All Eyez On Me copyright infringement case blurs the lines between fact and fiction
Entertainment journalists have to be a bit dramatic when they are reporting — afterall they are capturing the lives of the rich and famous, the actors who often themselves play larger than life personalities on the silver screen.
But does this mean they can embellish a few facts in their reports to make the story more dramatic?
This seems the quandry in a new lawsuit launched against Lionsgate, Morgan Creek and others associated with All Eyez on Me, the biopic about the late rapper, Tupac Shakur.
The Hollywood Reporter claims that in a complaint filed in a New York federal court, journalist Kevin Powell claims that the biopic has lifted the content off several of his articles from Vibe magazine. However (and this was the defendant's initial argument) isn't a public figure like Tupac Shakur's life events in public domain?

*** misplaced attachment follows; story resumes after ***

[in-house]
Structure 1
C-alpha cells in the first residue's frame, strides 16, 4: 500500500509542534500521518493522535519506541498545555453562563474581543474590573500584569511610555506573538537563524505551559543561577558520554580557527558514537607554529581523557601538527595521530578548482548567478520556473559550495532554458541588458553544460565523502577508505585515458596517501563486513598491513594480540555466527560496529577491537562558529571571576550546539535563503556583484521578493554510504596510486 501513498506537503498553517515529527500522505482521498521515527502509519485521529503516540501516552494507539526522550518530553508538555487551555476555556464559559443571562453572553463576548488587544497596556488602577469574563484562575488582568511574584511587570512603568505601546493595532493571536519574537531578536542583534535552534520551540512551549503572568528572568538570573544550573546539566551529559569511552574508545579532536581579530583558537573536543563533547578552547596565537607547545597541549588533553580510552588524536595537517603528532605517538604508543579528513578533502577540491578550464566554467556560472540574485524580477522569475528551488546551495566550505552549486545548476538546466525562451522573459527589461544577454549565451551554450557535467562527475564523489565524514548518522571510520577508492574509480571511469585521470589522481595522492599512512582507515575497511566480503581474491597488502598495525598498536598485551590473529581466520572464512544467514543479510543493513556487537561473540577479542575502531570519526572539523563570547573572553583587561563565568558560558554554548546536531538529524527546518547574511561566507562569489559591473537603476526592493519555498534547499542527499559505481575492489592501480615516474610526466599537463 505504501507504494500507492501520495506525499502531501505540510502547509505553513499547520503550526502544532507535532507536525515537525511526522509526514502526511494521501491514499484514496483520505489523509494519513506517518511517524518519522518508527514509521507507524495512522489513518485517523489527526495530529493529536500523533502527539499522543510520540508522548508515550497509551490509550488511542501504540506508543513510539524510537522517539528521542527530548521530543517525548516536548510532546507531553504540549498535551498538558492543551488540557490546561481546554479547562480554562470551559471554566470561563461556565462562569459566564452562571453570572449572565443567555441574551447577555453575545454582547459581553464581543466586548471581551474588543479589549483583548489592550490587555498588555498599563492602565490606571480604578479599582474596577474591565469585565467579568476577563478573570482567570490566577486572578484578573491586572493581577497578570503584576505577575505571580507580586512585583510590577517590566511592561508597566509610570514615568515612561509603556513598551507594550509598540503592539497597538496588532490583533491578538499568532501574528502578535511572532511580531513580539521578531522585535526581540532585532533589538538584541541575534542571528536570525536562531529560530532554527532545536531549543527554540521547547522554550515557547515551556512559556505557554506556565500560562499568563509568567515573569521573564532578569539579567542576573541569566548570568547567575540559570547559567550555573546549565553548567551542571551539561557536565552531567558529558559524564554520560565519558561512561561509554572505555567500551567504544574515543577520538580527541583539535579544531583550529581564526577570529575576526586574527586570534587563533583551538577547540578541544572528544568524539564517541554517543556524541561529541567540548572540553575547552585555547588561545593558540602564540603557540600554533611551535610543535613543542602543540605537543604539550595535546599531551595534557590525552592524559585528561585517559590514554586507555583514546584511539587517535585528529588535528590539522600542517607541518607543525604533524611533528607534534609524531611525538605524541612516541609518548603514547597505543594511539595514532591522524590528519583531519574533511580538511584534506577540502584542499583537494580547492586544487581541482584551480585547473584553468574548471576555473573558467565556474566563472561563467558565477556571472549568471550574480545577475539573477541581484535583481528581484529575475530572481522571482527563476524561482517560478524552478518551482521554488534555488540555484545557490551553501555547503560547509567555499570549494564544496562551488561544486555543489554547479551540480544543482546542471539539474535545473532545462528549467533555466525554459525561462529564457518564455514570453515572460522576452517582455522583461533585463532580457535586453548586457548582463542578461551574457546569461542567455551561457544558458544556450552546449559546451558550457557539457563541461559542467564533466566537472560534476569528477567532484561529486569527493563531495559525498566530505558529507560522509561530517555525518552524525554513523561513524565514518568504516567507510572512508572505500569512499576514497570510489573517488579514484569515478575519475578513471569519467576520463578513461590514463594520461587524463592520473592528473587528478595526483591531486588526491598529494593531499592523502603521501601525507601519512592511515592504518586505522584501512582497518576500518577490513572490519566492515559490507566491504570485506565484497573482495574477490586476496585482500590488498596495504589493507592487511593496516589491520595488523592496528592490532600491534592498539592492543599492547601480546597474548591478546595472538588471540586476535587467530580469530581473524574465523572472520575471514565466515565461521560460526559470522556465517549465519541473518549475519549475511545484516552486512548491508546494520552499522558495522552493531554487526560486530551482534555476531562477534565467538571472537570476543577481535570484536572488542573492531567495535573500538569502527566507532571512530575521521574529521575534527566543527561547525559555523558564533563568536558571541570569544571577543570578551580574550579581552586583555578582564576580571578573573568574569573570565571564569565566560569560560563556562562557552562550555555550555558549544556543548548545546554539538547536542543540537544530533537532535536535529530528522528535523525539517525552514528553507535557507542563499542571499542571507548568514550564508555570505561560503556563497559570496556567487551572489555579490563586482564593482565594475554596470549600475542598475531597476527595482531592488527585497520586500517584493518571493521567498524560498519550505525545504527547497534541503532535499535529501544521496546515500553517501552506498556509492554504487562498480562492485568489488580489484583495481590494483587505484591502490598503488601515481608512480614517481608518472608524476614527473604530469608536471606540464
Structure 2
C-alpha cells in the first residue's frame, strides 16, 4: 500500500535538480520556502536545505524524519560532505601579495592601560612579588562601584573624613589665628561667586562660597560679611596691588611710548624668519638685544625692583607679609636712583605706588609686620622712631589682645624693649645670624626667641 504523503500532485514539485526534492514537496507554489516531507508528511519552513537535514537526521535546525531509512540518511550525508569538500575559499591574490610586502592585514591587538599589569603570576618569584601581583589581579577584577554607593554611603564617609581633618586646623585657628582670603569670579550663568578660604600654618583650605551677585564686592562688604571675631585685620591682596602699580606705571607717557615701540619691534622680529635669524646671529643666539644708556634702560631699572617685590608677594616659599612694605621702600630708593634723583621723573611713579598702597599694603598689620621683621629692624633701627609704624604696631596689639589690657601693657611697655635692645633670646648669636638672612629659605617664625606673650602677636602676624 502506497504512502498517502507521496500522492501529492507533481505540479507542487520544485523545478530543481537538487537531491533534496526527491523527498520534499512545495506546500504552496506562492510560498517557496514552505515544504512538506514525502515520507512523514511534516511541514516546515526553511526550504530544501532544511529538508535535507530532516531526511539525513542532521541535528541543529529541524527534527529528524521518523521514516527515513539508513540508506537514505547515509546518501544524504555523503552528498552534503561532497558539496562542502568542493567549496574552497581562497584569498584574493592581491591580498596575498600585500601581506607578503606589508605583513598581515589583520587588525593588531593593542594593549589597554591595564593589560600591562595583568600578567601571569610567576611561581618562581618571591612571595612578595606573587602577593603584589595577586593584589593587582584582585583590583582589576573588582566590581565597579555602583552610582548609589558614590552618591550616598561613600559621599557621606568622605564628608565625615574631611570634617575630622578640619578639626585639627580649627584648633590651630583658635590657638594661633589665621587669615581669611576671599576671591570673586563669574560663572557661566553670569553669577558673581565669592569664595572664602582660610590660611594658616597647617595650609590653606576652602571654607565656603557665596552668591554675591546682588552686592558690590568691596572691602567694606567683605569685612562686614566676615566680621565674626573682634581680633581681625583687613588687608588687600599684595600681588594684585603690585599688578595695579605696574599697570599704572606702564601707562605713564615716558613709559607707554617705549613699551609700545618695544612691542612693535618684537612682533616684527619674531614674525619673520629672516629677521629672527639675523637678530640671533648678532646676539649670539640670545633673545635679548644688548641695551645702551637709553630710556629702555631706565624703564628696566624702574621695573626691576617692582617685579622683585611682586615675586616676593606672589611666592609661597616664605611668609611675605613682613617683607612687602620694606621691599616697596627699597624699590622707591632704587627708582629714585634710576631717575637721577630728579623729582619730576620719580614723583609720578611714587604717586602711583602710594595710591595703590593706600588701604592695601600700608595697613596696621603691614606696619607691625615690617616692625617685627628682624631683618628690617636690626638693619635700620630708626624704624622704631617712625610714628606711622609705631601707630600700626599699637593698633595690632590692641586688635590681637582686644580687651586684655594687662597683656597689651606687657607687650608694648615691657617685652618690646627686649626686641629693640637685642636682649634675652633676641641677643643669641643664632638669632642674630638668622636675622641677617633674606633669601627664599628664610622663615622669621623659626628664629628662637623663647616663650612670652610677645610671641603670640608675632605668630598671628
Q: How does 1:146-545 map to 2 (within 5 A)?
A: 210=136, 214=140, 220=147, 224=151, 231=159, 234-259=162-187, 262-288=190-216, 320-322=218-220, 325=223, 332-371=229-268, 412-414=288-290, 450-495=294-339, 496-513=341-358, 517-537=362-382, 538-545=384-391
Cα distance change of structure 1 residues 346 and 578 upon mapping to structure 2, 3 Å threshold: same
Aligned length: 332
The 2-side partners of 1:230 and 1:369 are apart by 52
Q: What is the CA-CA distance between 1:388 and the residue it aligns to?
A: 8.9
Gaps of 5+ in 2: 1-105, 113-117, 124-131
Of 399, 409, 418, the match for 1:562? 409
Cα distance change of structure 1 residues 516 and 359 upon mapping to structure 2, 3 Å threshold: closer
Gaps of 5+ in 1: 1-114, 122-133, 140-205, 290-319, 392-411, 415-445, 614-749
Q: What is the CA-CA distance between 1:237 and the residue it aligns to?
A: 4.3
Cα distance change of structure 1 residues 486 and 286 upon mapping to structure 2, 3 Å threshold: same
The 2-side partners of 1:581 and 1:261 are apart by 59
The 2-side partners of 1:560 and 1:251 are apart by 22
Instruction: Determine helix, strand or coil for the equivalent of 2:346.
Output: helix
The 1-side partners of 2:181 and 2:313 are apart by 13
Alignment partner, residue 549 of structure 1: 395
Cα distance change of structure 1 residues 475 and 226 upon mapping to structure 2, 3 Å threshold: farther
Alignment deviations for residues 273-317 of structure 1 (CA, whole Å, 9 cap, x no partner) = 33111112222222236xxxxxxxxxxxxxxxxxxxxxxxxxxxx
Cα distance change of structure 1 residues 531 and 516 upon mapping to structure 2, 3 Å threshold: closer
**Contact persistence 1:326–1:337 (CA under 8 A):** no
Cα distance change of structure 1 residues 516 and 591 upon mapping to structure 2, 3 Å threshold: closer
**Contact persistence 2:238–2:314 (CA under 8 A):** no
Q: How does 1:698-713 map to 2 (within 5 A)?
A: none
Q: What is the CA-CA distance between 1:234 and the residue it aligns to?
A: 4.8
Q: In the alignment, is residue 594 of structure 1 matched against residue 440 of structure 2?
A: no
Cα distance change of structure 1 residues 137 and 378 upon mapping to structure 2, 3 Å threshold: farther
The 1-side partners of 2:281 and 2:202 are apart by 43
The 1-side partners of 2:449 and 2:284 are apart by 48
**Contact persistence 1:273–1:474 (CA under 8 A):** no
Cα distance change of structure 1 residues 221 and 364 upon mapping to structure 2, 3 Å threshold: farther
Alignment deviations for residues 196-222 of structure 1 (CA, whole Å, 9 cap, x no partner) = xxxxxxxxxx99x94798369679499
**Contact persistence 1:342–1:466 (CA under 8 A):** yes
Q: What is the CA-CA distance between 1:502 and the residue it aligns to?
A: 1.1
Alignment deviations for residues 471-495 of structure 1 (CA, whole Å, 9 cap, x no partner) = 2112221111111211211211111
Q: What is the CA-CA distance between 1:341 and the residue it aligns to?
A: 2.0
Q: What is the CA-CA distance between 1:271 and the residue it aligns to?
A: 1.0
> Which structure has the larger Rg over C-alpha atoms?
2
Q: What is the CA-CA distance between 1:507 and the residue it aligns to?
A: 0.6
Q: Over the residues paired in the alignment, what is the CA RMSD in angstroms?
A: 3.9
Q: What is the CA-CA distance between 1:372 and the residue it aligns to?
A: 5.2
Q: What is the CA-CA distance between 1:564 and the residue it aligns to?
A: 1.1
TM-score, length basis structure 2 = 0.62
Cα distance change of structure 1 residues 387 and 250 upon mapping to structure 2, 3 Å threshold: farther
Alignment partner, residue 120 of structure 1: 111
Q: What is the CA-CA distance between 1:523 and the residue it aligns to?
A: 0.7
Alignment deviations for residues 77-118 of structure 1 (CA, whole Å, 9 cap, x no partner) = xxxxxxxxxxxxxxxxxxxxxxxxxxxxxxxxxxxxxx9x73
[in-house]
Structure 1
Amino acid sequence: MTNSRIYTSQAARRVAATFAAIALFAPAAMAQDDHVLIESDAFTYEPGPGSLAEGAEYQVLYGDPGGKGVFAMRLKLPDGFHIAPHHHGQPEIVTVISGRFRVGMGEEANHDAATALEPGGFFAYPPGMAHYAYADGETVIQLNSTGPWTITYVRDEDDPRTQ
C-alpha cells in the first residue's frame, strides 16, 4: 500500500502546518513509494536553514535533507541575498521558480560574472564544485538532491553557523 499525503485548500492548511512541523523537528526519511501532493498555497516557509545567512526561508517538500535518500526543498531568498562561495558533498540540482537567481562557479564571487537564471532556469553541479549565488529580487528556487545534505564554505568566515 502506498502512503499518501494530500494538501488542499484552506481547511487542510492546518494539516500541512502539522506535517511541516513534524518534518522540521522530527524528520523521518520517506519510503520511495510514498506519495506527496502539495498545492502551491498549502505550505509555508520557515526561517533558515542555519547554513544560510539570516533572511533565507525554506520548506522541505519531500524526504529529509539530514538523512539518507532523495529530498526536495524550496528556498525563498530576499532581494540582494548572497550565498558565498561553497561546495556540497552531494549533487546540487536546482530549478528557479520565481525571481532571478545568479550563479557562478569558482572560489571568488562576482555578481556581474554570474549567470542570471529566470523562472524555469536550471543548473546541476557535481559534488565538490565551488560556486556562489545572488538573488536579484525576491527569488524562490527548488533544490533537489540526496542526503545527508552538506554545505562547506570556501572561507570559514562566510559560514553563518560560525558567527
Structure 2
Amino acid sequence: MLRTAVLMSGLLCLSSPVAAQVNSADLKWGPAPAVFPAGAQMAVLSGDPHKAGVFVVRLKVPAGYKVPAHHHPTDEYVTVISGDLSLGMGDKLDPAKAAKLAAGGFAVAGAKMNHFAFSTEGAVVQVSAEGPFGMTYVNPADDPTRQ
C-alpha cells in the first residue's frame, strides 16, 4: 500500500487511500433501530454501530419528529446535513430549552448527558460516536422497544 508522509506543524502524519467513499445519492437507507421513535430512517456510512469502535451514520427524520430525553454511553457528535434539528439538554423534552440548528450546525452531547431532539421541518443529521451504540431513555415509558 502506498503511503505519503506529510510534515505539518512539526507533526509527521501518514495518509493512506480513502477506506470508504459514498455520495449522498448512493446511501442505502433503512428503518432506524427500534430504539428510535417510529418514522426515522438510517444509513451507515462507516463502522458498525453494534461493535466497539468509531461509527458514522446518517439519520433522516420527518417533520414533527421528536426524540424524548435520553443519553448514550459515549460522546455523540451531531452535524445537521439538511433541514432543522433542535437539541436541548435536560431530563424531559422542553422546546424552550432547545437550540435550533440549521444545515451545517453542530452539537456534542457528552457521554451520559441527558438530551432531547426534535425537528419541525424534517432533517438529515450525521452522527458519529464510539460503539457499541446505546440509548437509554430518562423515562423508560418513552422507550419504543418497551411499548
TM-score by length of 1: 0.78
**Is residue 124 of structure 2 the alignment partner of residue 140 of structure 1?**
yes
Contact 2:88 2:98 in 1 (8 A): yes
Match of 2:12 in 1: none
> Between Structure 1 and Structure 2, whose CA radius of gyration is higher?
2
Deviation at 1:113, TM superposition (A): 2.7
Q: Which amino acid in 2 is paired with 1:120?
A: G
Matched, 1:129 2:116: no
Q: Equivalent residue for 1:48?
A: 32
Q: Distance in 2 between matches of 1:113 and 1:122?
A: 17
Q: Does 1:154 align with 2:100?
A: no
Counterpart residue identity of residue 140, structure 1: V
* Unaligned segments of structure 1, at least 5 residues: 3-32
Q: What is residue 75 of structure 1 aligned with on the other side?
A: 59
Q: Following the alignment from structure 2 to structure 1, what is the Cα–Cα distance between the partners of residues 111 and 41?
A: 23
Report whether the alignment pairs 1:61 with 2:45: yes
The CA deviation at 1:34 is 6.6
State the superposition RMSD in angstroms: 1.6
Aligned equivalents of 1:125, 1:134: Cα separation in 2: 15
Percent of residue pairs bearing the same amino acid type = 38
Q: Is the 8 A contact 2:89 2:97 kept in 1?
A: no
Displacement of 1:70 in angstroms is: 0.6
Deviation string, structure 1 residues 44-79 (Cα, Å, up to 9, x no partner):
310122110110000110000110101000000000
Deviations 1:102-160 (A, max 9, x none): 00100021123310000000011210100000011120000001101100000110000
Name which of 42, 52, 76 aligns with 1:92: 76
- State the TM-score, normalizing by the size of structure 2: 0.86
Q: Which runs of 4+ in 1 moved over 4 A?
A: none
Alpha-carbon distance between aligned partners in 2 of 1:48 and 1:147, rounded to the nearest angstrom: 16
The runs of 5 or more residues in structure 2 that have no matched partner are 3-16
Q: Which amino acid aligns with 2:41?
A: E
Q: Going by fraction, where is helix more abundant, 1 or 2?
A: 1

How can you sue a filmmaker about writing about a figure whose life was watched so closely by everyone in the world?
To go ahead with the complaint, Powell admitted to something that would get you fired up. The complaint states, "While some of the content in these articles was factual, some portions of the article were changed or embellished by Plaintiff."
This means Powell admitted to making up a character in the film, 'Nigel' along with stating in the complaint that All Eyez on Me, like Powell's work, "centers around Tupac Shakur’s duplicative identity as a progeny of the civil rights revolution era and a contemporary of the gangsta rap era."
When the case finally goes to trial, it will mean it will raise a debate on the journalistic credibility and if reporters do try and seperate fact from fiction.